And Scarlet, thanks for the information about how your dog is when you are with your dad. I guess dogs get jealous just like people. Sandy has seemed more drawn to my husband, but as you explained, it makes sense. I have been hot and cold towards Sand from day one. I am sure he has picked up on it.
It was nice when visiting my parents how Sandy sat with my mom on the couch and let her pet him. (I will attach a photo later.) My dad is always yelling at me, mom, and my husband, so Sandy reacts by barking at dad. And dad doesn't get why Sandy doesn't seem to like him.
I also as I mentioned above had no idea how dogs view people or other dogs in pain. Thanks for the explanation. I tend to express my pain and other emotions quite openly.
I really wish my husband would learn about the positive training that I have been using. He thinks he knows all about dogs and is not one to take advice easily. In Maine, I took him with us on one of our walks to show how I had learned from all of you. I wish he would use the harness, too. So, Sandy knows that with me it is harness, but daddy lets him be free. Like Jack of Jacksdad, Sandy is a nudist. And he shakes like crazy to get the harness off. It interferes when we take him to the park and drives my husband crazy. But, considering how many times that Sandy plays Houdini, I really think it is necessary. Also, when Sandy goes bezerk when he sees dogs at the park, it is easier to scoop him up with the harness.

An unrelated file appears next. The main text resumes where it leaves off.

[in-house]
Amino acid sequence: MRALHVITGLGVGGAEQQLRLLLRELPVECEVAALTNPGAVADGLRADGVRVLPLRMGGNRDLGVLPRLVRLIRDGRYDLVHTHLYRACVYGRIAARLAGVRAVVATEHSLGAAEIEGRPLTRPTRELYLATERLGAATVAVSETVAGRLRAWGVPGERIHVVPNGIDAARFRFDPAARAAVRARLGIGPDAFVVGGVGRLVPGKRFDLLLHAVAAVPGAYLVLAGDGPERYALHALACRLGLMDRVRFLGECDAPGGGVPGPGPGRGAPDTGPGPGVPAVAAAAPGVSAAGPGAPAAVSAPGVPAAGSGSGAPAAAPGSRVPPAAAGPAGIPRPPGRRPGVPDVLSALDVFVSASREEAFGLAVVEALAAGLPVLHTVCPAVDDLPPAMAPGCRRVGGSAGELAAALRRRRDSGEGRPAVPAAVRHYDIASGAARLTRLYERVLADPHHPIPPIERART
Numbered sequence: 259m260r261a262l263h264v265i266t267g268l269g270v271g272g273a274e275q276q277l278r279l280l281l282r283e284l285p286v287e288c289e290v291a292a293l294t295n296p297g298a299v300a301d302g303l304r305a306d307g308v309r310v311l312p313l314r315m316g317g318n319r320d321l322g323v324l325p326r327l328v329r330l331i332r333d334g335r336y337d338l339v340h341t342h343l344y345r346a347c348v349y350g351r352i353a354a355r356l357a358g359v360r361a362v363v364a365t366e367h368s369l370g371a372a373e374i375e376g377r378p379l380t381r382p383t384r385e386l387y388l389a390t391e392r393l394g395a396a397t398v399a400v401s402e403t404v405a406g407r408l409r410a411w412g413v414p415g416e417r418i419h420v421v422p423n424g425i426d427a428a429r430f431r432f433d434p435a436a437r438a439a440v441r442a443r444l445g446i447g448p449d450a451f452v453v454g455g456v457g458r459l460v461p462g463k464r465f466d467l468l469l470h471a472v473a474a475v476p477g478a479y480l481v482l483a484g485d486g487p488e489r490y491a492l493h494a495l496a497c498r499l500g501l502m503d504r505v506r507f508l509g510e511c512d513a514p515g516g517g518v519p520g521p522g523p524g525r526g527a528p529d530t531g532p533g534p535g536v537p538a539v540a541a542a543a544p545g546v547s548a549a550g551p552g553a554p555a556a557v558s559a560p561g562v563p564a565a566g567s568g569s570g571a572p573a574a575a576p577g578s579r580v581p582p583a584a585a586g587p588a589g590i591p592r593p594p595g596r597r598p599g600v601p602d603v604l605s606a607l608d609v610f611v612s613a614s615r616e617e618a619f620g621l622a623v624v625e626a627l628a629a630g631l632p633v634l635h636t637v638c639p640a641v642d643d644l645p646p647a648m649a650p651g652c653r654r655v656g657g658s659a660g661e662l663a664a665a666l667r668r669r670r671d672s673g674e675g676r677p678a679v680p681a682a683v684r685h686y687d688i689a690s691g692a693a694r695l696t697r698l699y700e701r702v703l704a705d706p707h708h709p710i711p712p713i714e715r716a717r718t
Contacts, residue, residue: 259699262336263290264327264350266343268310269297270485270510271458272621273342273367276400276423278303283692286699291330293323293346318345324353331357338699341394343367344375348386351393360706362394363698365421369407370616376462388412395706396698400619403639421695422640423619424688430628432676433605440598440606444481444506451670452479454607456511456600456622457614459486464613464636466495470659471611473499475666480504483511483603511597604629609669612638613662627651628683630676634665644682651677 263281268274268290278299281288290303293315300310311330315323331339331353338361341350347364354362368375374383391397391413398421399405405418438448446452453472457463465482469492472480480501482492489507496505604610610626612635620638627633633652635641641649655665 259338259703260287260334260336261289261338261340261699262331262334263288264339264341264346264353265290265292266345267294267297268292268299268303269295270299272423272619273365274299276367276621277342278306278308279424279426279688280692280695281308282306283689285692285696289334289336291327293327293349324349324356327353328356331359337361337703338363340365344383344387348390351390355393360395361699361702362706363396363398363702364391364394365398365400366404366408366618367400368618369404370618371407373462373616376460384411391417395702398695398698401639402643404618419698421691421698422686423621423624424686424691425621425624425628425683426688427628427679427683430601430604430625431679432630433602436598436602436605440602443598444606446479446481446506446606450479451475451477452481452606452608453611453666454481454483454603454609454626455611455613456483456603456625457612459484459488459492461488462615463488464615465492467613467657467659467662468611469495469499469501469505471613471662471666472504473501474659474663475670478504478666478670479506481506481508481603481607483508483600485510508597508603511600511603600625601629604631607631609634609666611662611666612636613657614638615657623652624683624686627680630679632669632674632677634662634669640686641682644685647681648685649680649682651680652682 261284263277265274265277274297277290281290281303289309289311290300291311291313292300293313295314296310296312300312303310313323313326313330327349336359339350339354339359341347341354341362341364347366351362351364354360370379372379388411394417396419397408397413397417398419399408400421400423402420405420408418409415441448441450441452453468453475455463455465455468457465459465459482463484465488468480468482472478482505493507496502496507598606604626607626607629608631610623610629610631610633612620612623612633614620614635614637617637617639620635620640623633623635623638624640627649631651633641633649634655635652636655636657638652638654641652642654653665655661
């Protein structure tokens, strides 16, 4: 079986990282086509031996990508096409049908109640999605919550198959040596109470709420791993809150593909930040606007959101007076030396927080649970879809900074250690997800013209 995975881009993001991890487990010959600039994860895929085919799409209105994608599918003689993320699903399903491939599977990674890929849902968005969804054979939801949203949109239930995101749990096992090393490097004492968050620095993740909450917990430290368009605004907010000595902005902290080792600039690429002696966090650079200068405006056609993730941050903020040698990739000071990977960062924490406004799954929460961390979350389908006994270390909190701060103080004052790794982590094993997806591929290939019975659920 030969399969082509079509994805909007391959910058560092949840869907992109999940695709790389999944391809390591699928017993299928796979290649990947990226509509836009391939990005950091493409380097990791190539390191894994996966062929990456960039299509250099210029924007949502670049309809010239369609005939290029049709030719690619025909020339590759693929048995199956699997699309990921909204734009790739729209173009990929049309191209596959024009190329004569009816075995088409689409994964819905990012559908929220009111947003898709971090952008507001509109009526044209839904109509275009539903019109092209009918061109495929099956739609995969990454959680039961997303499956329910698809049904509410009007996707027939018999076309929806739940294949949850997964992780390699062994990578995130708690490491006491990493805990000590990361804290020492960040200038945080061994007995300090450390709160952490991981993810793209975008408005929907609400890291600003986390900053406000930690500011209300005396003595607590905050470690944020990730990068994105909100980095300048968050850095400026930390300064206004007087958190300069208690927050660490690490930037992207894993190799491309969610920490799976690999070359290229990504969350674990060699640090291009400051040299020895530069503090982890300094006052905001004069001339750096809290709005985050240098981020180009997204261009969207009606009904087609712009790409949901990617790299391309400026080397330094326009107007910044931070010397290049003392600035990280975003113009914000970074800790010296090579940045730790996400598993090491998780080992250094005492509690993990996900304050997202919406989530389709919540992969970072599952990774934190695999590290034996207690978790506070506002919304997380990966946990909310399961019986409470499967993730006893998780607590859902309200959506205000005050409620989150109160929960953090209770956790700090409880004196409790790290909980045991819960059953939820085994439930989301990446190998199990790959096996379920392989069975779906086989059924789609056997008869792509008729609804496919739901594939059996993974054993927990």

And that leaves the other question: any suggestions on how to train Sandy that the animals on TV are not a threat and to just accept them as being "outside"?
Thanks for all the hugs, too. I feel so much better now and ready to try to make our lives with Sandy a much better one for all of us.
)))HUGS((( back to all of you who replied (I am sure I forgot someone including Ari_RR.)
I feel better and more positive. Actually, I hear Sandy outside our door so I will go and take him out and make friends.